This is a piece I wrote about the importance of media outlets sharing the raw data on which their articles are based, as they do with prose (e.g., FOIAed documents) with increasing frequency. →
This is a piece I wrote about the importance of media outlets sharing the raw data on which their articles are based, as they do with prose (e.g., FOIAed documents) with increasing frequency. →
I’m a smart guy.
I’m not bragging. It’s not like I deserve any credit for being smart. I didn’t do anything to make that happen. I’m also tall, but nobody compliments me on that. (Good job being tall!) Intelligence is an immutable characteristic that I have at times capitalized on and at other times let go to waste. So it goes.
It’s not easy to understand what it’s like to be smarter or dumber than one is. I have some friends who are much smarter than me, and I can’t pretend to know what it’s like to experience the world as they do. Like height, intelligence is a privilege, in that we live in a society that places value on both. And although I don’t know what it’s like to be of a different intelligence, I do know what it’s like to be short; we all started out short. Although I have brown hair now, I bleached my hair a couple of times as a teenager, so I know what it’s like to be blond. If I really wanted to, I could probably fake my way into at least being perceived as of a different race, sex, or sexual orientation.
Interestingly, I have come to find out what it’s like to be dumb. I am, at this moment, rather stupid.
On September 1 I returned from a trip to Buenos Aires. During the 14 hours that I spent waiting around the Atlanta and Charlotte airports that day, I became progressively more sick, until I had a full-blown case of influenza. (It’s flu season in the southern hemisphere, after all.) Ten days later, I was still sick. The fever was gone, and my symptoms were muted, but I still felt sick. I didn’t want to get out of bed, I didn’t care about eating, I just wanted to lie around and watch TV.
So I went to the doctor, starting to doubt my self-diagnosis. After explaining my symptoms, both physical and mental, he came to a conclusion quickly: I have Lyme disease. (A pending blood test may help to confirm that, but they’re famously unreliable.) I was bitten by a tick this spring—one of many ticks that I find embedded in my skin each spring, summer, and fall—that was bearing Lyme spirochetes, which it injected into me. The immune-suppressing tick saliva allowed the bacteria to establish an infection there. That initial infection raised a nickel-sized welt on my back, which I presented to my dermatologist, who assured me it was nothing to worry about. (In fact, this may well have been a borrelial lymphocytoma.) Gradually, those spirochetes reproduced, spreading throughout my body, through my bloodstream. Some of those spirochetes have hijacked my own cells, persuading them to produce nerve toxins that disrupt my brain’s neurotransmitters.
In short, Lyme has made me tired, listless, depressed, and stupid.
This is a fascinating experience. Or, at least, it would be fascinating, if the symptoms themselves didn’t prevent me from caring. Other than short bouts while ill—when I’ve actually had the flu—I’ve never been listless or unmotivated. Quite the opposite, in fact. I’ve never been depressed. And I’ve never been stupid. I’m pretty much neurotypical.
So I want to explain, briefly, the bits about depression and stupidity, if only to capture the experience for Future Waldo.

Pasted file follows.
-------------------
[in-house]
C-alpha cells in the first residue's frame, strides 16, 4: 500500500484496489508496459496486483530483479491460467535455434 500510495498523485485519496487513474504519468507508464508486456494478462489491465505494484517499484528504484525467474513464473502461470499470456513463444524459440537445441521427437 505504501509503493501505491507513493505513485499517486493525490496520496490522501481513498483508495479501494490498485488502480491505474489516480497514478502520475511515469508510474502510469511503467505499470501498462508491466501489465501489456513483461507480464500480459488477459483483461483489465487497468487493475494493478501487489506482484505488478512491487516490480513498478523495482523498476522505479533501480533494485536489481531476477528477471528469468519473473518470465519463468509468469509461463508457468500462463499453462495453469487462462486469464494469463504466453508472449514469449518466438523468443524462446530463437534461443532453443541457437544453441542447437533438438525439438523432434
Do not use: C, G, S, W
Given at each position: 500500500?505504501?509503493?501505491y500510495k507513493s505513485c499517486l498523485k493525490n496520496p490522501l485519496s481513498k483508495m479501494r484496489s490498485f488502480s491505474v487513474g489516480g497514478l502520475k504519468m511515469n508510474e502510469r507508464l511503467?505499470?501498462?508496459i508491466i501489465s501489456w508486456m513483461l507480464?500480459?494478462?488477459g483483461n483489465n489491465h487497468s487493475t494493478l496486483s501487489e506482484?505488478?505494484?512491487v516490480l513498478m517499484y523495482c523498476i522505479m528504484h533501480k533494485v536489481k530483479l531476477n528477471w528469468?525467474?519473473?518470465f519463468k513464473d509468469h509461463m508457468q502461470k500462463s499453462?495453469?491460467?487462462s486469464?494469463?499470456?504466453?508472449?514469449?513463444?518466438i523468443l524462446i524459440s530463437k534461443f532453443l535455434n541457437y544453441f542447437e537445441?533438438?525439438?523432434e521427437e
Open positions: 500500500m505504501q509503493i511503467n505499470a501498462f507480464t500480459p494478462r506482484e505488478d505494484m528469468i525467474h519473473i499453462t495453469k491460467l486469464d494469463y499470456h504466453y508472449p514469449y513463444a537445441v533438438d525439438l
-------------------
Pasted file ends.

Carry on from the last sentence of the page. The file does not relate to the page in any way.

Depression isn’t at all what I thought it would be like. I don’t feel depressed, by which I mean that I don’t feel sad or despairing or anything like that. I just feel less. Mostly, I feel like I couldn’t be bothered. Left to my own devices, I probably wouldn’t eat much, if anything. I doubt that I’d shower or shave. I’d mostly watch television and nap. My preferences are largely gone. (Should we have chicken or fish for dinner? I just don’t care.) I have a very short attention span; like a puppy chasing a butterfly, I’m happy to pursue whatever shiny thing presents itself, until a new shiny thing comes along. With substantial, headache-inducing effort, I can fake being normal-ish, but not for long. Depression, at least as I’m experiencing it, is the absence of emotion, rather than negative emotion. I don’t mind it, not yet, but maybe depression is what keeps me from minding depression.
Stupidity is also different than I’d thought. Part of my stupidity stems from the depression, I think. My curiosity is muted, my ambition to learn more or consider options more deeply has vanished. But part of it is just straight-up stupidity. I can’t really think about more than one thing at once. When a new thought enters my head, the old one simply vanishes. (Thanks to the depression, though, I don’t really mind.) I have no critical thinking skills, little ability to string together a cohesive argument, and a poor recall of long-held facts. I’ve been stuck at this point in this paragraph for at least ten minutes, unable to think of the other ways in which I’m stupid, or to spend more than five consecutive seconds trying to think of them. Yes, I’m too stupid to explain how I’m stupid. Do me a favor and pause to let the irony of that sink in, because if I pause, I’ll start forget what I’m supposed to be thinking about.
The good news is that this isn’t permanent. I started on an aggressive, two-week round of antibiotics yesterday, and I intend to find an infectious disease specialist with experience in Lyme to chart a more aggressive path to wellness. In theory, once the antibiotics start to kill off those spirochetes, I’ll stop feeling sick and stupid. (Unfortunately, the antibiotics will also kill off many of the bacteria that my body needs, so I’ll be having lots of homemade pickles and sauerkraut, coincidentally ready to eat this week, plus yogurt and kimchi, which will help to repopulate my gut’s microbiota.) I don’t know how long it’ll be until I start to feel better. Again, thanks to the depression, I don’t really care, although I know that I’m supposed to.